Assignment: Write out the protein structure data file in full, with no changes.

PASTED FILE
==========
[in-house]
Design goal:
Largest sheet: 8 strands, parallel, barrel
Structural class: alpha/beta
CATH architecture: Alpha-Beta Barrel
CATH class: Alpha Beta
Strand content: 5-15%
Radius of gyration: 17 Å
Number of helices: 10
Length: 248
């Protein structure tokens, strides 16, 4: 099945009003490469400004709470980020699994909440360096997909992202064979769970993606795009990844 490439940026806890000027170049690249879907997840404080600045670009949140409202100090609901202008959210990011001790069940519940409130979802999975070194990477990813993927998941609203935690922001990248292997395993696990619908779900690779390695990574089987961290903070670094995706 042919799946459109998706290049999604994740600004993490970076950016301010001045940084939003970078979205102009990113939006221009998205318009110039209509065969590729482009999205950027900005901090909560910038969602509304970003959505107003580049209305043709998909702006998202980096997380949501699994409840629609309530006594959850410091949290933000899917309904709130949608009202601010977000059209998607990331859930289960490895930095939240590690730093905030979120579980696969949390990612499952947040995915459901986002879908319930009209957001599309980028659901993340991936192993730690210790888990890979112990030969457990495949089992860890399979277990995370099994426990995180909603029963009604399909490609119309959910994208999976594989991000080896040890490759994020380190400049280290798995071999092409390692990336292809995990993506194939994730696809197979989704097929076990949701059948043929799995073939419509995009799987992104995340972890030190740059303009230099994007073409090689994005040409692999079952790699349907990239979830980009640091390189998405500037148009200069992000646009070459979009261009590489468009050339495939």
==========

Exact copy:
[in-house]
Design goal:
Largest sheet: 8 strands, parallel, barrel
Structural class: alpha/beta
CATH architecture: Alpha-Beta Barrel
CATH class: Alpha Beta
Strand content: 5-15%
Radius of gyration: 17 Å
Number of helices: 10
Length: 248
């Protein structure tokens, strides 16, 4: 099945009003490469400004709470980020699994909440360096997909992202064979769970993606795009990844 490439940026806890000027170049690249879907997840404080600045670009949140409202100090609901202008959210990011001790069940519940409130979802999975070194990477990813993927998941609203935690922001990248292997395993696990619908779900690779390695990574089987961290903070670094995706 042919799946459109998706290049999604994740600004993490970076950016301010001045940084939003970078979205102009990113939006221009998205318009110039209509065969590729482009999205950027900005901090909560910038969602509304970003959505107003580049209305043709998909702006998202980096997380949501699994409840629609309530006594959850410091949290933000899917309904709130949608009202601010977000059209998607990331859930289960490895930095939240590690730093905030979120579980696969949390990612499952947040995915459901986002879908319930009209957001599309980028659901993340991936192993730690210790888990890979112990030969457990495949089992860890399979277990995370099994426990995180909603029963009604399909490609119309959910994208999976594989991000080896040890490759994020380190400049280290798995071999092409390692990336292809995990993506194939994730696809197979989704097929076990949701059948043929799995073939419509995009799987992104995340972890030190740059303009230099994007073409090689994005040409692999079952790699349907990239979830980009640091390189998405500037148009200069992000646009070459979009261009590489468009050339495939």